Monday, 25 May 2015

Technology and Property Ownership

In my previous blog in this series “Technology and tax collection: Withholding by financial institutions” I explained that financial institutions could take on the role of withholding tax currently largely undertaken by employers (in the case of personal taxes like income tax) and businesses (in the case of sales taxes/VAT/duties).

While on this subject, and discussing technology, I think I should take the opportunity to explain how I think the recording of property ownership can be transformed by advances in Information Technology.  

With regard to financial institutions, my assumption is that all financial accounts should be registered with (and hence linked to the details of) an owner. This owner should be an individual citizen (or taxable couple/family), a public enterprise, a private enterprise, or a charitable enterprise.The record of the account owner could be held by the financial institution who would link it to all transactions, in a centralised database linking every account to a list of owners, or both of these. 

Essentially, all accounts should be traceable back to a taxpayer or entities with a clear purpose/indication of beneficiaries. This goes against the secrecy that has been utilised increasingly apparently in recent decades by some of the ultra-wealthy and corrupt people of the world in, which would be no bad thing.

My thinking is that even though money and other property changes hands all the time, modern computing equipment should be able to keep a log of these ownership changes in such a way that people should be charged the correct amounts of tax at the most appropriate point in time.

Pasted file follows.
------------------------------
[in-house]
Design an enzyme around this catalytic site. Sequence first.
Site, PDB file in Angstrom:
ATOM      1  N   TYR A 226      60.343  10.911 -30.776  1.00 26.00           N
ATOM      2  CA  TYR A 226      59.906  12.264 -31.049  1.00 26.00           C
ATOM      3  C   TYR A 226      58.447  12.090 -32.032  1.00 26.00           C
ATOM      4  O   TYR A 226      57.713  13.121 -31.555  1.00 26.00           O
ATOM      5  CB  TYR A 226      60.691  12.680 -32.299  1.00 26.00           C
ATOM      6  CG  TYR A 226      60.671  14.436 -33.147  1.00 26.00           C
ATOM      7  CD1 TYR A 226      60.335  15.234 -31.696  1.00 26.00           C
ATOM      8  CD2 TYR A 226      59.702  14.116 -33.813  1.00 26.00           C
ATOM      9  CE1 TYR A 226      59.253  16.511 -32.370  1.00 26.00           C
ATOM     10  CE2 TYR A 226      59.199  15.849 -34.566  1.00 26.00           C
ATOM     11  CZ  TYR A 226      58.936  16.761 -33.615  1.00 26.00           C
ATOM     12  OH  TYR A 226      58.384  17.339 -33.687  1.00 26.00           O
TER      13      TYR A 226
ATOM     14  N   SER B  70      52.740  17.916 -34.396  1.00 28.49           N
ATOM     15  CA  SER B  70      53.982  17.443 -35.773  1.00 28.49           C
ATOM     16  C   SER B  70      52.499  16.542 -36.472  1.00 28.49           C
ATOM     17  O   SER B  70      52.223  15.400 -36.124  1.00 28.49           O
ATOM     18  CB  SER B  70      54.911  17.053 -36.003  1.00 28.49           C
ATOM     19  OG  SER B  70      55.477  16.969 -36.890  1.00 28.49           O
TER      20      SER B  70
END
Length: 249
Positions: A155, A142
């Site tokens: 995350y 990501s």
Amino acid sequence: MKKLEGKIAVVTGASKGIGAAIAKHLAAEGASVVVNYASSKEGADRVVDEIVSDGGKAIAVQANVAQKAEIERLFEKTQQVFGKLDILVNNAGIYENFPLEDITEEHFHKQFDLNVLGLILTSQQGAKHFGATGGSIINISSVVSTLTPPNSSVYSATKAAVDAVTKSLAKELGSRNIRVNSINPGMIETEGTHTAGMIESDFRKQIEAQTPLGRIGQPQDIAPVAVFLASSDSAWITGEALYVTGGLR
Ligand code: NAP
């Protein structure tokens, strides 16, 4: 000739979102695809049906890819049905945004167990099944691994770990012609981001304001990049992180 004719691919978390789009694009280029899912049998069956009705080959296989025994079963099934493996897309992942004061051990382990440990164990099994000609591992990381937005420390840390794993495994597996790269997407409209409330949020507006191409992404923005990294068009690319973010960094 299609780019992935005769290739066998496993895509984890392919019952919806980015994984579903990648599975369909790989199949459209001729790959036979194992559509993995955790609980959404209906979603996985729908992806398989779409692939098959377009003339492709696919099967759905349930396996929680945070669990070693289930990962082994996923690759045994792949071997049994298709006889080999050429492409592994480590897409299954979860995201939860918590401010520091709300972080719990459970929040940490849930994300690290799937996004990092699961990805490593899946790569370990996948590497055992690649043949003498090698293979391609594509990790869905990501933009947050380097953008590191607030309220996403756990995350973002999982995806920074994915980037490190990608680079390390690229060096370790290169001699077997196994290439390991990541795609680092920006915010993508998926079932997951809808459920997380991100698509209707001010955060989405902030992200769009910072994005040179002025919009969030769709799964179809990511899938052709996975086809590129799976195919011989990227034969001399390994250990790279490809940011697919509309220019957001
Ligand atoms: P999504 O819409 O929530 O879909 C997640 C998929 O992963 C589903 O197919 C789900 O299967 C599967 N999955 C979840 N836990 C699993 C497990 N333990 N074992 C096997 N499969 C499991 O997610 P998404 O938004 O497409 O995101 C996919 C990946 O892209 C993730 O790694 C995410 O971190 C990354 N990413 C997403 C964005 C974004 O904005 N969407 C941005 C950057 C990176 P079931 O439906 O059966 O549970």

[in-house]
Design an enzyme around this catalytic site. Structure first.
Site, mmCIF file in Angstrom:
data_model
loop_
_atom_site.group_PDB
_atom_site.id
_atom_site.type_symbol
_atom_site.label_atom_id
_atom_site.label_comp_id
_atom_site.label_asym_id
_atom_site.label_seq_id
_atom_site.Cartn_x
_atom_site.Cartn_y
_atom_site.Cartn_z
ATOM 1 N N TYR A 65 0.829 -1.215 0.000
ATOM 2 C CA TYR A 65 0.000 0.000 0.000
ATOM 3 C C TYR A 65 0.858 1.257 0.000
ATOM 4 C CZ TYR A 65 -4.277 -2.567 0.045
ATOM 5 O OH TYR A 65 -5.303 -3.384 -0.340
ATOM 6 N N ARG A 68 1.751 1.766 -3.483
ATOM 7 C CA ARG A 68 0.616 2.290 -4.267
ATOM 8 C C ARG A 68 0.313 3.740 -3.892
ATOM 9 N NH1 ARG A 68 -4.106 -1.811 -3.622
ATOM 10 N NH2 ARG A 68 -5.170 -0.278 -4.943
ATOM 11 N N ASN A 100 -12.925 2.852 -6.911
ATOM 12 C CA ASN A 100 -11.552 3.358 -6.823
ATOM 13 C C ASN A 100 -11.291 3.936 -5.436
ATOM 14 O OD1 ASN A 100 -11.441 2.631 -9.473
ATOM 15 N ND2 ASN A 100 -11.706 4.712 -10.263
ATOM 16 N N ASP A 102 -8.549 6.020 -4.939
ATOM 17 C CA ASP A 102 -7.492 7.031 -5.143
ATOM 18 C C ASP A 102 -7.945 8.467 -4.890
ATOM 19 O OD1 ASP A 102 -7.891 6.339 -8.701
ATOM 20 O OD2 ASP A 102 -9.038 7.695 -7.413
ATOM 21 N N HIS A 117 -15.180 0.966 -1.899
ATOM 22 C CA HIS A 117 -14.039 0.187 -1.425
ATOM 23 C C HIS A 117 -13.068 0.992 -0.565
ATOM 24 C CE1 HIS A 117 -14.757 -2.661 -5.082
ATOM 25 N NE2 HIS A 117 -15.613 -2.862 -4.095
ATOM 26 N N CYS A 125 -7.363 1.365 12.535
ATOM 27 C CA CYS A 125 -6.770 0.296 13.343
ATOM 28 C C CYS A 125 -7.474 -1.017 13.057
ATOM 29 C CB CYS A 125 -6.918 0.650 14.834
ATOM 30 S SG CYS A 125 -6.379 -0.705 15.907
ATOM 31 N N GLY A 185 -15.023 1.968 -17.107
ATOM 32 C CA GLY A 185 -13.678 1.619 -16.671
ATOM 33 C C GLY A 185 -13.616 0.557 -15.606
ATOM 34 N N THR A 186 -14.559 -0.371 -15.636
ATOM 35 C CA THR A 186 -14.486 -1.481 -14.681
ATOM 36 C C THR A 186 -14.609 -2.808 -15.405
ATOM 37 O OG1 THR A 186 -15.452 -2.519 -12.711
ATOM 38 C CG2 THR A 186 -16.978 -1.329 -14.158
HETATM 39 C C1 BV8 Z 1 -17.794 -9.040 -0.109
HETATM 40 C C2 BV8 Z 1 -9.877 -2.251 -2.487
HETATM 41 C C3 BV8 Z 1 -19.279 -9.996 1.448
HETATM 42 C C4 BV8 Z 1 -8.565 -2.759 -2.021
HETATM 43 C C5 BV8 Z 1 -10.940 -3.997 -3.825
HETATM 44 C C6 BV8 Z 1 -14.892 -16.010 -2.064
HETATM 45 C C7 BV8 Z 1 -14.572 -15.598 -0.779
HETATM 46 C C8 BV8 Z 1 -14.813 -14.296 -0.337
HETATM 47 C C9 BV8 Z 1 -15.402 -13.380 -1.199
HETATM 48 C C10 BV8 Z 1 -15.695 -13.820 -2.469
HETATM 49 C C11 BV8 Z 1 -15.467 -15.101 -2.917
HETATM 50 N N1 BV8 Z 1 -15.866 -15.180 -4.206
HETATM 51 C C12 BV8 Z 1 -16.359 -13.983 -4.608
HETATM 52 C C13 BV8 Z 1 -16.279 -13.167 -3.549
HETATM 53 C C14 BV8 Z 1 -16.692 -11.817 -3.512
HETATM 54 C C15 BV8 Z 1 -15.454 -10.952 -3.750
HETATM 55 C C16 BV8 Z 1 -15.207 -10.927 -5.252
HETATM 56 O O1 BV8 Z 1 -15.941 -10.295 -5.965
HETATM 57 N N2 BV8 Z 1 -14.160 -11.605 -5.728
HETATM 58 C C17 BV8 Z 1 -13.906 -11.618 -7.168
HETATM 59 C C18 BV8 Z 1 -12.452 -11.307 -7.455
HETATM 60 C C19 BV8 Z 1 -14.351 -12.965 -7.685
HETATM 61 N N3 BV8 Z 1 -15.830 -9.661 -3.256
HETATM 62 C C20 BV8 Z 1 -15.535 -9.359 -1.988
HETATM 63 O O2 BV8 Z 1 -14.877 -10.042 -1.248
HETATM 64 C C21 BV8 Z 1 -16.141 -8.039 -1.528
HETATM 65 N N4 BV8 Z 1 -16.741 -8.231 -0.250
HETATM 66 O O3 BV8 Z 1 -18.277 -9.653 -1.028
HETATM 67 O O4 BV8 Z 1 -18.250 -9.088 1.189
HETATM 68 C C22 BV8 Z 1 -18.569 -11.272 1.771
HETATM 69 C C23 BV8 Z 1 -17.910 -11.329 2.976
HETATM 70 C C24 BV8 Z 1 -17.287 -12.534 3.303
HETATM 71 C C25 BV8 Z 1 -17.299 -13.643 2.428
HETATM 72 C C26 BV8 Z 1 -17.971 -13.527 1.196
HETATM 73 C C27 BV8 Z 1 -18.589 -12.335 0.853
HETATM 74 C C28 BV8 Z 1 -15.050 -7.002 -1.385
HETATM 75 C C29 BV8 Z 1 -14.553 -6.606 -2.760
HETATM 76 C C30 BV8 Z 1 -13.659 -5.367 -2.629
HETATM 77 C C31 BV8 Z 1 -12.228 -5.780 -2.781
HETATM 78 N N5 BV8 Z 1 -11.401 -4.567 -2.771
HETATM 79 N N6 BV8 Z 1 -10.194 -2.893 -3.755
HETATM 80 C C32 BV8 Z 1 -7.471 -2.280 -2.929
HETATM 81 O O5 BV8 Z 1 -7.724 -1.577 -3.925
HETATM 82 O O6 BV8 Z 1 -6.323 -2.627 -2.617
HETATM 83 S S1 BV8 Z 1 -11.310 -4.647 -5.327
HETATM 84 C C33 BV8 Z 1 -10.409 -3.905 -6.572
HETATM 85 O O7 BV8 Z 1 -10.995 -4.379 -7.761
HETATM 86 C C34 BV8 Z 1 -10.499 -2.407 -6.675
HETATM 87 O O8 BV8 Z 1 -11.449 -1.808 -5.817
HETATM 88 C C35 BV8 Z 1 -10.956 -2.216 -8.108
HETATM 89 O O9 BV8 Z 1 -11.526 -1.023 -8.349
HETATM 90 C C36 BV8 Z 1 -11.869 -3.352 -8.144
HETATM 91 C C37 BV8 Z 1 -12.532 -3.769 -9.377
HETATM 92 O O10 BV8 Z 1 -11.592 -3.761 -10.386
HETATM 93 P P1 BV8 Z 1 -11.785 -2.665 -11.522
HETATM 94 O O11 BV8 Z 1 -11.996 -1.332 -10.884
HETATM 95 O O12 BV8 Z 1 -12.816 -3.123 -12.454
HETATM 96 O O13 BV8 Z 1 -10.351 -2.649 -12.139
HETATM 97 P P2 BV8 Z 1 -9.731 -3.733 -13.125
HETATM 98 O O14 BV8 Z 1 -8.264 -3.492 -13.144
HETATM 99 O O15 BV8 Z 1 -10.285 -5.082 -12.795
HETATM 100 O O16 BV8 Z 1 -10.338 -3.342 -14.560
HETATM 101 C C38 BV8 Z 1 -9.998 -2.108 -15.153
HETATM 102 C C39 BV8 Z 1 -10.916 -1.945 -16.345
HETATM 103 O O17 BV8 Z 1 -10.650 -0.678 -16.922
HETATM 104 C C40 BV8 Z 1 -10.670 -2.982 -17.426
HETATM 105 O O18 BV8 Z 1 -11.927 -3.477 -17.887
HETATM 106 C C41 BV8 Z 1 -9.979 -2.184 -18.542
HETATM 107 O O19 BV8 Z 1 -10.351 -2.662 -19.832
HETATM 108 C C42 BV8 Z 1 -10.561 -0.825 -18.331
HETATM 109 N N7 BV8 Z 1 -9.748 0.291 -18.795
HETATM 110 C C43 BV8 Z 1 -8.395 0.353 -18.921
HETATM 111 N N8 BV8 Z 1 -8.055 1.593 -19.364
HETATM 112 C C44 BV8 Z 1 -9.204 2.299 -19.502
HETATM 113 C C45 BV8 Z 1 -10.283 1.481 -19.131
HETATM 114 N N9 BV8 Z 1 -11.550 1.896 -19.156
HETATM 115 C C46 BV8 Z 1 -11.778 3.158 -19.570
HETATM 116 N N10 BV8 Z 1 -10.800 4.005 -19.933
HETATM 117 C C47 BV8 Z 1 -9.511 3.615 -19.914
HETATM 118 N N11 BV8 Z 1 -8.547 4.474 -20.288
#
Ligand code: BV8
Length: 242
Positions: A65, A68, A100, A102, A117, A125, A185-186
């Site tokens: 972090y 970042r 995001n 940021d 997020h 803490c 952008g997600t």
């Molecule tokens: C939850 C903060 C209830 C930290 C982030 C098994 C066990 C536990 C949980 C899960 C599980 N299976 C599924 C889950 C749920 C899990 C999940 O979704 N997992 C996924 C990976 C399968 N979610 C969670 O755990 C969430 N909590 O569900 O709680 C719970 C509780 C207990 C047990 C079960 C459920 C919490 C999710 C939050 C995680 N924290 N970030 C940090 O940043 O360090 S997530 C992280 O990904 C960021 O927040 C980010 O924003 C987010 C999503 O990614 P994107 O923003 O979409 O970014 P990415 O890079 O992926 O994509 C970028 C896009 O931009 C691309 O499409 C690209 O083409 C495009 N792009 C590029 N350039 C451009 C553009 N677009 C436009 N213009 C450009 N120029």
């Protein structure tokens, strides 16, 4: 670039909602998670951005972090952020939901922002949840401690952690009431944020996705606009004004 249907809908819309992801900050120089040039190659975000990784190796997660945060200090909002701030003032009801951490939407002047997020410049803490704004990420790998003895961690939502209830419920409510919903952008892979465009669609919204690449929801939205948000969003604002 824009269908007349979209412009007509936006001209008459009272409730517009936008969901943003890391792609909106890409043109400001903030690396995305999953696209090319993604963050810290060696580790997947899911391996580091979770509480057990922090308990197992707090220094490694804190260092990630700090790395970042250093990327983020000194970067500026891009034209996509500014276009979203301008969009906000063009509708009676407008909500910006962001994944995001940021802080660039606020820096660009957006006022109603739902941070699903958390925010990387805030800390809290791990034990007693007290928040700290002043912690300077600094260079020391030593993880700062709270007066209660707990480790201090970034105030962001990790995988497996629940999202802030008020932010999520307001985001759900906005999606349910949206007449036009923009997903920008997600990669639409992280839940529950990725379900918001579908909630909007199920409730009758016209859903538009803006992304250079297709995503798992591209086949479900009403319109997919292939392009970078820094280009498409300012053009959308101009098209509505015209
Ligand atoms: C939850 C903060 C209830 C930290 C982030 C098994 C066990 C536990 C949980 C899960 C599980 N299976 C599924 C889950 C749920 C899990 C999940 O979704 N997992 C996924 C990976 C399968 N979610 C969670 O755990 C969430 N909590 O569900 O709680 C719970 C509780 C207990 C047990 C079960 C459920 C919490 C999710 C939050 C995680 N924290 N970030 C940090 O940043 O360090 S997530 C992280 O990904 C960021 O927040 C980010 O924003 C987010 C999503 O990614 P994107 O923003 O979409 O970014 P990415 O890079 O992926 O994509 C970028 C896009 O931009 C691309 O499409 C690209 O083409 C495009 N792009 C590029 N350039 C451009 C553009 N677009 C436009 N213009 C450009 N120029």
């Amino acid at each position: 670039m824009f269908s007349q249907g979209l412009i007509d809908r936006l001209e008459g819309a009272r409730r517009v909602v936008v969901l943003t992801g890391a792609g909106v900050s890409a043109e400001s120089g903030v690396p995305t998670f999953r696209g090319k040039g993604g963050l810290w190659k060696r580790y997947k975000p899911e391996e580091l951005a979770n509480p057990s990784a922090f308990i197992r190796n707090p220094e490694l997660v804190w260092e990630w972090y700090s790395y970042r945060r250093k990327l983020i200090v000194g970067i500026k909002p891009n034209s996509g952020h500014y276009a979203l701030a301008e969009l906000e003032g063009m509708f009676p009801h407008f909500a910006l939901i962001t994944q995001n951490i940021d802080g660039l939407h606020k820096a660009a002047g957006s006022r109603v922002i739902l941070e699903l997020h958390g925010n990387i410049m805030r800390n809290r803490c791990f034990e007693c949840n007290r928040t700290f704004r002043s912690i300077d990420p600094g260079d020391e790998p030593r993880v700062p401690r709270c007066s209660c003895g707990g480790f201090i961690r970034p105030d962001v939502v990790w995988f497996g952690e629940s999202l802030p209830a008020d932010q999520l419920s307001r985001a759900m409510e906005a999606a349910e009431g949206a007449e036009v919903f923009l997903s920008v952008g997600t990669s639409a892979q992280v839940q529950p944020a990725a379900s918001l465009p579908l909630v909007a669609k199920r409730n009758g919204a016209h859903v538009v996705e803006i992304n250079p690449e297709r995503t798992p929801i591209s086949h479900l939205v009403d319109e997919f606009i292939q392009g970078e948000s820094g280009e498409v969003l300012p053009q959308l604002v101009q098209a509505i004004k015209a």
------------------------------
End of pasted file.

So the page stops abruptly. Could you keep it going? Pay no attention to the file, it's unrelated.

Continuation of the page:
Linking all accounts held with financial institutions to particular taxpayers (or other entities) is a very good idea, and this can be extended to other kinds of property as well. I suggest that there should be asset registers covering all property of particular types. These already exist to various degrees in the case of vehicles and land and these existing databases could be developed and integrated with the tax system so that tax is withheld on the profits made when these items are exchanged.

I would also suggest similar asset registers for items that are of high value and that tend to increase in value. So for example jewellery, antiques and art works can be recorded on databases and their ownership (and the amount for which they change hands) recorded.

Such a system should be considered advantageous to the owners of the property as it provides them with a way of registering that something is theirs. As with the land registry this should reduce the scope for disputes and make it easier to recover items that have been stolen and prove that they are the rightful owners.

Should this information be made public?
My view is that limited pieces of information about property ownership and taxpayers can be made available to the public (for example via internet access to these databases). So people could find out how much a particular item of property exchanged for without knowing the owners. Some broad tax information about taxpayers at particular addresses could be discovered such as lifetime income and lifetime tax-rate.

Some will object to the idea of making this kind of information available, for one or more of a number of reasons. However, I will not discuss this here as I plan to discuss do so in a future blog.

Is such a system overly bureaucratic?
Some may feel that the idea of adding more processes and information recording will make owning these forms of property extremely bureaucratic. This would be the case if the information was recorded by civil servants in huge centralised ledgers as they would have to have been in the past. With IT technology, however, there need not be any human involvement or physical recording.

The parties to the transaction can simply record on the relevant website that they wish to exchange a particular item and the amount changing hands. This amount can either be sent via the registry to verify the exchange or by linking the information to a particular financial transaction. It can all be done via secure websites and all the information can be updated and (if the seller has gained from the transaction) the correct tax can be calculated without any intervention.

Conclusion
I have explained how I have envisioned that information about property ownership (financial and physical) can be recorded and updated in a highly useful and relatively painless way. Linking this information to the tax system should make taxation simpler to administer, fairer and more accurate.

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